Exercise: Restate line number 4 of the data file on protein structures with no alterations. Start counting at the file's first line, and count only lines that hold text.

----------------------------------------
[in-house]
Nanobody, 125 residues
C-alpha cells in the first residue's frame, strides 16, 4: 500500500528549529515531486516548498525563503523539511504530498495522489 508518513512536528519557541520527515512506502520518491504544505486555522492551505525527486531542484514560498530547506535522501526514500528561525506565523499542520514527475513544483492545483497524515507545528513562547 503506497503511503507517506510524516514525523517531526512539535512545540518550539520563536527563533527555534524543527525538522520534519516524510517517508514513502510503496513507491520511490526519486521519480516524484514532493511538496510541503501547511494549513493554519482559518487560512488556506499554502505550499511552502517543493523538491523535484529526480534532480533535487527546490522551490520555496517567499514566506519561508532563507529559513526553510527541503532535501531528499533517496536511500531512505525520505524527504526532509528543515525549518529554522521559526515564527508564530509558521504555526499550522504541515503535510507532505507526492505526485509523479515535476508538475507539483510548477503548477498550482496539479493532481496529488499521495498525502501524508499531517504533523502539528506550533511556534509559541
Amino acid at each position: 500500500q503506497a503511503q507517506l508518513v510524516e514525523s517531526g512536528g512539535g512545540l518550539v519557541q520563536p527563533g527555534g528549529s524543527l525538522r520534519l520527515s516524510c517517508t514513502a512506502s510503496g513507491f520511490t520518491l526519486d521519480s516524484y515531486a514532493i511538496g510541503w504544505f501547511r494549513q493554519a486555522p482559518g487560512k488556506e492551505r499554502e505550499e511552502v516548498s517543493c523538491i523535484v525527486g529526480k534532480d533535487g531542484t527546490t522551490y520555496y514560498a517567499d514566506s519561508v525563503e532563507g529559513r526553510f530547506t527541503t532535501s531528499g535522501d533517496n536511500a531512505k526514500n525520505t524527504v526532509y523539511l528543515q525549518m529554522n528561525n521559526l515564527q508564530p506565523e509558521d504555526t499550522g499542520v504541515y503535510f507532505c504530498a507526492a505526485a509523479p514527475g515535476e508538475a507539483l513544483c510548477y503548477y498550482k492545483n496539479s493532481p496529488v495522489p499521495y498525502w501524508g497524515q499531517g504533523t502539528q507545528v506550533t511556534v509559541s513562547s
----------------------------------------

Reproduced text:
Amino acid at each position: 500500500q503506497a503511503q507517506l508518513v510524516e514525523s517531526g512536528g512539535g512545540l518550539v519557541q520563536p527563533g527555534g528549529s524543527l525538522r520534519l520527515s516524510c517517508t514513502a512506502s510503496g513507491f520511490t520518491l526519486d521519480s516524484y515531486a514532493i511538496g510541503w504544505f501547511r494549513q493554519a486555522p482559518g487560512k488556506e492551505r499554502e505550499e511552502v516548498s517543493c523538491i523535484v525527486g529526480k534532480d533535487g531542484t527546490t522551490y520555496y514560498a517567499d514566506s519561508v525563503e532563507g529559513r526553510f530547506t527541503t532535501s531528499g535522501d533517496n536511500a531512505k526514500n525520505t524527504v526532509y523539511l528543515q525549518m529554522n528561525n521559526l515564527q508564530p506565523e509558521d504555526t499550522g499542520v504541515y503535510f507532505c504530498a507526492a505526485a509523479p514527475g515535476e508538475a507539483l513544483c510548477y503548477y498550482k492545483n496539479s493532481p496529488v495522489p499521495y498525502w501524508g497524515q499531517g504533523t502539528q507545528v506550533t511556534v509559541s513562547s